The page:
This demonstrates how the AJA Jewish Experience goes far beyond our infant - 12th grade program and beyond our school!  The connection our children have with these families in Israel, the number of families our students will encounter in Israel, the connection that our students have to the Jewish Landscape in Atlanta and beyond...that is all part of the AJA Jewish Experience.

The future leaders of our Jewish community, our Federation, our local AIPAC, our Hillels - it all starts here. It’s the AJA Jewish Experience. That is why I am so passionate about our school. Because I believe that the success of AJA and our mission is bigger than just AJA, it’s about the success of the Atlanta Jewish Community and the success of Atlanta Jewry at large.

Starting as infants, our children are on a path. This path will eventually lead to something deep and profound. I also know that there are multiple entry points in Judaism. I witnessed that firsthand at the Shabbaton. Some students were immersed in Torah study. Others were in their element while leading a service or study group. There were some who were joyfully singing and dancing. I saw some students quietly interacting and just absorbing the spirit of the weekend and being with friends with whom they shared middot (character traits) and values. This resonated with me. It was a different Shabbaton experience for each of the students, and they each found their own personal connection. My job as an educator is to promote a culture of loving Judaism, and to provide many entry points for our children so they can each hit their stride on the path to leading meaningful, introspective and authentic Jewish lives.

Thank you, to the students of the Upper School for creating a ritually-infused Shabbaton, and for allowing your classmates (and this very impressed Rabbi) to absorb the beauty of Shabbat in their own way, on their own paths.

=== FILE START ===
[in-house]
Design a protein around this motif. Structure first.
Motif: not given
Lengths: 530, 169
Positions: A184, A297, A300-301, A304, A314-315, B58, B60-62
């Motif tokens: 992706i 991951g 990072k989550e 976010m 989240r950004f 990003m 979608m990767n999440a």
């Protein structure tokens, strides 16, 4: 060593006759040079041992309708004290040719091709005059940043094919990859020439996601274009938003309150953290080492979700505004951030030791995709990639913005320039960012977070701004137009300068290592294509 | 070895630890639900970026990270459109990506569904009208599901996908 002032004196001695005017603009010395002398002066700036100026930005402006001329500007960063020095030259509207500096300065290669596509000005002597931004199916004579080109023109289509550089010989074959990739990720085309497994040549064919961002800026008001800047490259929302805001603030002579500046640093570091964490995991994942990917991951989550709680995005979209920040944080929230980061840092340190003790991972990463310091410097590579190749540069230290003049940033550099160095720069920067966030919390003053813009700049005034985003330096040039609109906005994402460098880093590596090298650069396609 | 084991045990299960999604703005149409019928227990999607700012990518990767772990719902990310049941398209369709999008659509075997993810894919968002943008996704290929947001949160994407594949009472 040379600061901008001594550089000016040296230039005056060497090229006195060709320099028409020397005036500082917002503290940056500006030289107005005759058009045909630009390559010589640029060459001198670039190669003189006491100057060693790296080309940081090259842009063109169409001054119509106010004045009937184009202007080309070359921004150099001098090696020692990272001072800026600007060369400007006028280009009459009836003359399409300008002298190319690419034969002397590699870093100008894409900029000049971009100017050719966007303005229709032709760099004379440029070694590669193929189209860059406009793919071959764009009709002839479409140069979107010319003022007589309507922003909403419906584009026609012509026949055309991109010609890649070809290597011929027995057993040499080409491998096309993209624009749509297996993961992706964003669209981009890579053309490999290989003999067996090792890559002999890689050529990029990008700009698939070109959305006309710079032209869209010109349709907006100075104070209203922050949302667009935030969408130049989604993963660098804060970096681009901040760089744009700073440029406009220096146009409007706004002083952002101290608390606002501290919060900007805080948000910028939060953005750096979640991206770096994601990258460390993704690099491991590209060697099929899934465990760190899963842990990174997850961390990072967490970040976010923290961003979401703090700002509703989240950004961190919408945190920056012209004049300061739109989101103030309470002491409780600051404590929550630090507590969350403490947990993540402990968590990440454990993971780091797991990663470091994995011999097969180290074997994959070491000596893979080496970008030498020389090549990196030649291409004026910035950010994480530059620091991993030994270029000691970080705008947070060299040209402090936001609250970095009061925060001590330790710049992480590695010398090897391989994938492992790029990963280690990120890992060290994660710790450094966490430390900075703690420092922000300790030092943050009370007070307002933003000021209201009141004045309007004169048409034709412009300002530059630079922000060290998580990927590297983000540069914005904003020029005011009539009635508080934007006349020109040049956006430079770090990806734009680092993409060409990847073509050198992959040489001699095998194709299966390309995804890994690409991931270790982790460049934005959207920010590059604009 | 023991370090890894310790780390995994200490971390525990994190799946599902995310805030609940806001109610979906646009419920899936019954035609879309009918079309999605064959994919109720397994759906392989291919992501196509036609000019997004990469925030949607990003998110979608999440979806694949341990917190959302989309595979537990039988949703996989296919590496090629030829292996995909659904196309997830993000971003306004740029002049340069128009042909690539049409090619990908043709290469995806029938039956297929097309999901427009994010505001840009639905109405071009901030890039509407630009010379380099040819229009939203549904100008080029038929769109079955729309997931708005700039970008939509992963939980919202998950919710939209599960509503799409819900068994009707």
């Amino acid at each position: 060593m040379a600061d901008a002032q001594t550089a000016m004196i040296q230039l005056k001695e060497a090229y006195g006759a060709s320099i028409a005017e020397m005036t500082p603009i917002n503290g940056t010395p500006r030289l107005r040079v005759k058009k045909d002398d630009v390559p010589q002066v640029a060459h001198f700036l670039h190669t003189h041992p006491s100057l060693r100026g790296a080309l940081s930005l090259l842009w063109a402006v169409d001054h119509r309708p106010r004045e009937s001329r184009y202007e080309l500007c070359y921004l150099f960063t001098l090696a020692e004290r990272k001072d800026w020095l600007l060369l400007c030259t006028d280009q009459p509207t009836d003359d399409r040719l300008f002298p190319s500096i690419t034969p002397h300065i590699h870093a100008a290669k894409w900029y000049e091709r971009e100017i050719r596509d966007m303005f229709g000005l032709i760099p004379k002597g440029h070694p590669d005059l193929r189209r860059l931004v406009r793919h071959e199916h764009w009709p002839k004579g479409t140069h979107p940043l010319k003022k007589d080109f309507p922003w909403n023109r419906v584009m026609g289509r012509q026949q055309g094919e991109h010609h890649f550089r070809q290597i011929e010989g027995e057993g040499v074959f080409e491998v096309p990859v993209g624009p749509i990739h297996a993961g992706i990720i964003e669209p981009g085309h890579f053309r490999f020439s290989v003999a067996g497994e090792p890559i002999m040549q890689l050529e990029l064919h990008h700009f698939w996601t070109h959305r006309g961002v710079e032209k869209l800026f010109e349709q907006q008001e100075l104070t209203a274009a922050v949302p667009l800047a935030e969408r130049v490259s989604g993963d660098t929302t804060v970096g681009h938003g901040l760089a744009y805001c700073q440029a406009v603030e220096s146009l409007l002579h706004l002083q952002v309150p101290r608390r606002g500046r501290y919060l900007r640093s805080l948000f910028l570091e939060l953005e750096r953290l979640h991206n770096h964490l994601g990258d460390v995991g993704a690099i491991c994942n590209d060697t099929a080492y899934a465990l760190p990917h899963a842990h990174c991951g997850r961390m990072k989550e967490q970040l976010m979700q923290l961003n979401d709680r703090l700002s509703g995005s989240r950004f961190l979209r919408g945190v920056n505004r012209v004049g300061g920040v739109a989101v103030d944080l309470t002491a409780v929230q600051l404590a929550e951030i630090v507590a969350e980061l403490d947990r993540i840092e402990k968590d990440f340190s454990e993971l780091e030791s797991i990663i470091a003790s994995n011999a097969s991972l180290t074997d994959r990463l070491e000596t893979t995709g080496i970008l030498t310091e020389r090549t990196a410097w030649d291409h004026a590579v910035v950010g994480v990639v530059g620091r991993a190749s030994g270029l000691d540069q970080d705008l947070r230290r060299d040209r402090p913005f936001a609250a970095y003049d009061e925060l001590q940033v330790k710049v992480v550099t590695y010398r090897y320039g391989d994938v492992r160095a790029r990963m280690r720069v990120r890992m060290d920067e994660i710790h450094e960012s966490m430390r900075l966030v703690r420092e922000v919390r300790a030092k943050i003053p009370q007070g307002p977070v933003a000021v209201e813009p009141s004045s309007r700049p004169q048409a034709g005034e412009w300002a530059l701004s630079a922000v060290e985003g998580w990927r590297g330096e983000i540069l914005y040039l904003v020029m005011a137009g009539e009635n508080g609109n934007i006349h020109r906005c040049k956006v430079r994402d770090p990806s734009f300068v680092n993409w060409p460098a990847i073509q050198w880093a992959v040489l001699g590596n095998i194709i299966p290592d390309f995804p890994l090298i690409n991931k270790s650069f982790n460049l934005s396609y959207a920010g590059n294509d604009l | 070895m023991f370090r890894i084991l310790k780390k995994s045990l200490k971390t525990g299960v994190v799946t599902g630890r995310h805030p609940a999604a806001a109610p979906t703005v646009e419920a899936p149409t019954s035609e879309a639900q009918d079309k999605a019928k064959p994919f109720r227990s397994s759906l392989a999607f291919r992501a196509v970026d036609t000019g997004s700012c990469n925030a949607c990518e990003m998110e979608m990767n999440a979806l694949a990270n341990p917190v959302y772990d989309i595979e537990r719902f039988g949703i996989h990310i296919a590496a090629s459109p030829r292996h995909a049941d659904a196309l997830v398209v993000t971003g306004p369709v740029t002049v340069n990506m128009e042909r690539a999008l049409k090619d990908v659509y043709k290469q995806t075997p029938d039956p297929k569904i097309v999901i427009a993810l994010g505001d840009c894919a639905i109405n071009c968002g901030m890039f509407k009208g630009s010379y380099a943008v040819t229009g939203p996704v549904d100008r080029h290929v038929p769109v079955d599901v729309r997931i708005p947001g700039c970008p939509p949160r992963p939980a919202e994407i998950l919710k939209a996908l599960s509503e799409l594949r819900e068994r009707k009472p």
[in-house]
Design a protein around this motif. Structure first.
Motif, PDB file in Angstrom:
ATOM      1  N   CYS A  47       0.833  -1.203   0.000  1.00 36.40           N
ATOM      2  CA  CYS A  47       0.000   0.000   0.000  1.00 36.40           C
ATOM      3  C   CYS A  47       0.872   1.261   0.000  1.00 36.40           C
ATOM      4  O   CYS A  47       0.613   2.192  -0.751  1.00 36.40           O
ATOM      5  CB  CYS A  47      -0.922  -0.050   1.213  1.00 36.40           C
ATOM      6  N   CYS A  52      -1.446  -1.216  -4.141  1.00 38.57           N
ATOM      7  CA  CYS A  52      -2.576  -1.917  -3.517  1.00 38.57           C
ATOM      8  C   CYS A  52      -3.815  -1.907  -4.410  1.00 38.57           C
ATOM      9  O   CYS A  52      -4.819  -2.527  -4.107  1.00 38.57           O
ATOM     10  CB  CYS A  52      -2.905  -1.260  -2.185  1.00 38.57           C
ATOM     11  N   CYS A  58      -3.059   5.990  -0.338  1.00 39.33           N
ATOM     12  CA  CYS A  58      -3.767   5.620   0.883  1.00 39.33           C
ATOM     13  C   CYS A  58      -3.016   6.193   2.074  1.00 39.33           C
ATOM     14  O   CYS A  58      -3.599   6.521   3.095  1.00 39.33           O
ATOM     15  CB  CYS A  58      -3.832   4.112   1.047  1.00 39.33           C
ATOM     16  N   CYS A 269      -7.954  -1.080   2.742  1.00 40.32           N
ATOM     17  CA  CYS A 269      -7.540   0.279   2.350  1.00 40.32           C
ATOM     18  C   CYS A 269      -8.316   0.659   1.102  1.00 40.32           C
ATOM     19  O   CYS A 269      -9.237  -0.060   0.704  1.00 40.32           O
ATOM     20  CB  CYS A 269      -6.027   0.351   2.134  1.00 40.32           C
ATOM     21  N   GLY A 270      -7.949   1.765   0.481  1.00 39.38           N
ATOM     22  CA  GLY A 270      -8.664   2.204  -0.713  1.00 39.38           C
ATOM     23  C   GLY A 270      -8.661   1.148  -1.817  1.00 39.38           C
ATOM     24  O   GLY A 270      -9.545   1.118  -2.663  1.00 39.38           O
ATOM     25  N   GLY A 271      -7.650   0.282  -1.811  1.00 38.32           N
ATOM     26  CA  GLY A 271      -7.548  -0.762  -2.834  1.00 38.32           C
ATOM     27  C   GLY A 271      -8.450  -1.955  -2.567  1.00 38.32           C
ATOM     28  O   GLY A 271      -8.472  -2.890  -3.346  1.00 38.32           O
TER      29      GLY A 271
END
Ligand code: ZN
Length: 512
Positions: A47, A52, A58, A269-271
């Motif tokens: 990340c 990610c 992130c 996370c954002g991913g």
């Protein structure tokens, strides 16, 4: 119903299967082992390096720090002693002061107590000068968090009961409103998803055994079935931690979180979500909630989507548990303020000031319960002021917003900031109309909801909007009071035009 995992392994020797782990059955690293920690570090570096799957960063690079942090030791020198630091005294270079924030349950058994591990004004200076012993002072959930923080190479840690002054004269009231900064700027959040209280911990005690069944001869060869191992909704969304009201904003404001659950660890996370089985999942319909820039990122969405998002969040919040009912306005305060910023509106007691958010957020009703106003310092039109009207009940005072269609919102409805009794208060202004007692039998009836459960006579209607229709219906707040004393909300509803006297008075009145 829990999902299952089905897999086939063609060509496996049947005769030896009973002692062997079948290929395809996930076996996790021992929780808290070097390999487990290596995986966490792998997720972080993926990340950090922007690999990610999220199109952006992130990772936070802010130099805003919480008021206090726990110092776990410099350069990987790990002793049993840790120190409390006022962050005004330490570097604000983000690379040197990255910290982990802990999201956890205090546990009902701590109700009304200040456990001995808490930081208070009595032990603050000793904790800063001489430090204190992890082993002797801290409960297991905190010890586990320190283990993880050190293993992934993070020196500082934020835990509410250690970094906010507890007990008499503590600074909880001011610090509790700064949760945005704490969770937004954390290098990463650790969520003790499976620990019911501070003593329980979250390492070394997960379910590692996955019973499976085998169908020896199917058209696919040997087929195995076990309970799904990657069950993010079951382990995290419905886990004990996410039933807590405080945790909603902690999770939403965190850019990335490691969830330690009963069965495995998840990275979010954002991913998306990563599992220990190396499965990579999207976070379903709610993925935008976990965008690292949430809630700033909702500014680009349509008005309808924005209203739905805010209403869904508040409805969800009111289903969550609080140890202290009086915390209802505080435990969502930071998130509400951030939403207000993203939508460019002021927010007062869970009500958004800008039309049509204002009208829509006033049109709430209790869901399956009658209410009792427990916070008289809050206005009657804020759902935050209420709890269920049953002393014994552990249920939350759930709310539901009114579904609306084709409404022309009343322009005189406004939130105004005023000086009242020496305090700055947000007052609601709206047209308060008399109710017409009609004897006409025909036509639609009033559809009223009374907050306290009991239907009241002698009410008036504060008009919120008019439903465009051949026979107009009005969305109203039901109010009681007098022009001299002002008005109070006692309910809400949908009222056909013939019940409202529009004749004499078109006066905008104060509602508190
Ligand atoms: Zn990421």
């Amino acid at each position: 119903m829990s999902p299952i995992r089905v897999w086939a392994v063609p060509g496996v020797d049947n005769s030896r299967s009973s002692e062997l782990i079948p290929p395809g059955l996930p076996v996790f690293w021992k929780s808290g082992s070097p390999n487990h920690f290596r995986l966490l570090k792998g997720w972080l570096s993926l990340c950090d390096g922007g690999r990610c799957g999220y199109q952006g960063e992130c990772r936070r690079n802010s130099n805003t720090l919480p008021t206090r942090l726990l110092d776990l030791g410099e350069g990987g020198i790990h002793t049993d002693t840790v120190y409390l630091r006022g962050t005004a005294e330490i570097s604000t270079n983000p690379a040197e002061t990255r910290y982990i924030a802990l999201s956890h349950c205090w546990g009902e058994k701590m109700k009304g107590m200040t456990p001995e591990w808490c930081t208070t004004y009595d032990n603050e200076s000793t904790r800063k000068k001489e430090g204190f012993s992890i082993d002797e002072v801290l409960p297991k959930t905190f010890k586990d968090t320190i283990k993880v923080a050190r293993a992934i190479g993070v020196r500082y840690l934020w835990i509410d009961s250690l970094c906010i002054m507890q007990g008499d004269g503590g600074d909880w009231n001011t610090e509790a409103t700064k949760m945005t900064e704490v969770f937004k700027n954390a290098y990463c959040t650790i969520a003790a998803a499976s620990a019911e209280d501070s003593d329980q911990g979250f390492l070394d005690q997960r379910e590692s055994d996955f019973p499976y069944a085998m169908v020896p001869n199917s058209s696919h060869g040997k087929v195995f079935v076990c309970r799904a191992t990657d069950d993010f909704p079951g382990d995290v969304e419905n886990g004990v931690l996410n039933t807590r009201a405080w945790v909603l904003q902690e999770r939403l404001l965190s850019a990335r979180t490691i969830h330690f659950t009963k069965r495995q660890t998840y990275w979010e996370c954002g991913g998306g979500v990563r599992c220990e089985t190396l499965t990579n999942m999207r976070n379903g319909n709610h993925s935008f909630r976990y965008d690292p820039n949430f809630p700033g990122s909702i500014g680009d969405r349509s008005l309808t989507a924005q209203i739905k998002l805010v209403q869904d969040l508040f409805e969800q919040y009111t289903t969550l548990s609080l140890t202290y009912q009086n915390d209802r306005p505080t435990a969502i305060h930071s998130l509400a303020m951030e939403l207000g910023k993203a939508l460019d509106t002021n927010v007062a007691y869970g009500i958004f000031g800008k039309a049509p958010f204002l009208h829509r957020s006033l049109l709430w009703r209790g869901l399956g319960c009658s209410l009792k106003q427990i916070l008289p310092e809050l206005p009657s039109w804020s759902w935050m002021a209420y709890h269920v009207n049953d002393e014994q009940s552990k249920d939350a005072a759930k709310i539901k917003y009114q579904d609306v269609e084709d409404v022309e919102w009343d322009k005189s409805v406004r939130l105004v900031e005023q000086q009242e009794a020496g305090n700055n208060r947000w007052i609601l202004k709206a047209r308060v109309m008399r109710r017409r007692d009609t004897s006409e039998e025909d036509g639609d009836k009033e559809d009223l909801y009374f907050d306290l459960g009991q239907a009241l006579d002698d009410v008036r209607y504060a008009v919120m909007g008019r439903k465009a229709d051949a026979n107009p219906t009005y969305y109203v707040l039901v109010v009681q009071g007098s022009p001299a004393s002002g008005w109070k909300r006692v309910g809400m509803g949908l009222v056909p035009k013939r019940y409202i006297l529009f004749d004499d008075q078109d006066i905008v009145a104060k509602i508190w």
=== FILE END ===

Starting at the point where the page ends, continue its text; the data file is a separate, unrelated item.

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Educational Vision / Part 1 by Rabbi Ari Leubitz

August 26, 2016

 

22 Av 5776

 

Last week we talked about my vision concerning the culture and climate of the school, so in light of that I wanted to start a conversation about my educational vision for the school. This flows directly from the school’s mission that we embody the ideals of community, fostering love of Torah, individual development, and educational innovation. The goal at AJA is to curate an innovative academic experience to engage our students today and equip them to solve the problems of the future. Welcome to 21st Century Learning! Together, innovation and tradition help shape our students into lifelong learners who take risks and safely develop their Jewish identity.

Reimagine Learning
To connect with children in 2016 and beyond, we must recognize that the children today learn differently than we did when we were young. It’s imperative that we keep that top of mind and adjust the way we educate them accordingly. As a school that will be focused on a 21st Century Educational program, AJA supports the education core of creating the best learning experience for our students, breaking down the walls of a typical classroom and opening the world to each student.

Mishlei (Proverbs) 22:6 tells us to: “Educate a child according to her/his way,” which as we see it, means the need to individualize and reimagine the learning experience for our students.

We will focus on developing each child’s individual learning skills including: 



    1. Creativity, use of new technology and innovation

 

    1. Critical thinking and problem solving

 

    1. Communication

 

  1. Collaboration

 

Why are we doing this?
I’m glad you asked. We are re-designing Jewish education for the new century and placing the active "learner" at the core of our thinking and practice. In Judaism we have always been taught to ask “why?” (which is, by the way, my favorite question in the world). We want to encourage our children to ask questions, to wonder why and to learn that the questions at times are more valuable than having the correct answers. Children who can generate their own questions, blaze a trail to their own learning. This gives them the power to create pathways toward being lifelong learners.

Over the next month, together with the Educational Leadership Team, I will share more specific answers to the “how?” we are moving toward 21st Century Learning. In the meantime, I encourage you to ask me “why?” anytime, it really is my favorite question.

Here is a great opportunity to learn more about how you can help give children access to a 21st Century Learning experience with a scholarship from the ALEF Fund. Now is the time to contribute, as the deadline is September 30th.

As a side note, my family and I will be at Young Israel of Toco Hills for Shabbat. If you are in the neighborhood, please come by so I can personally wish you and your family a Shabbat Shalom.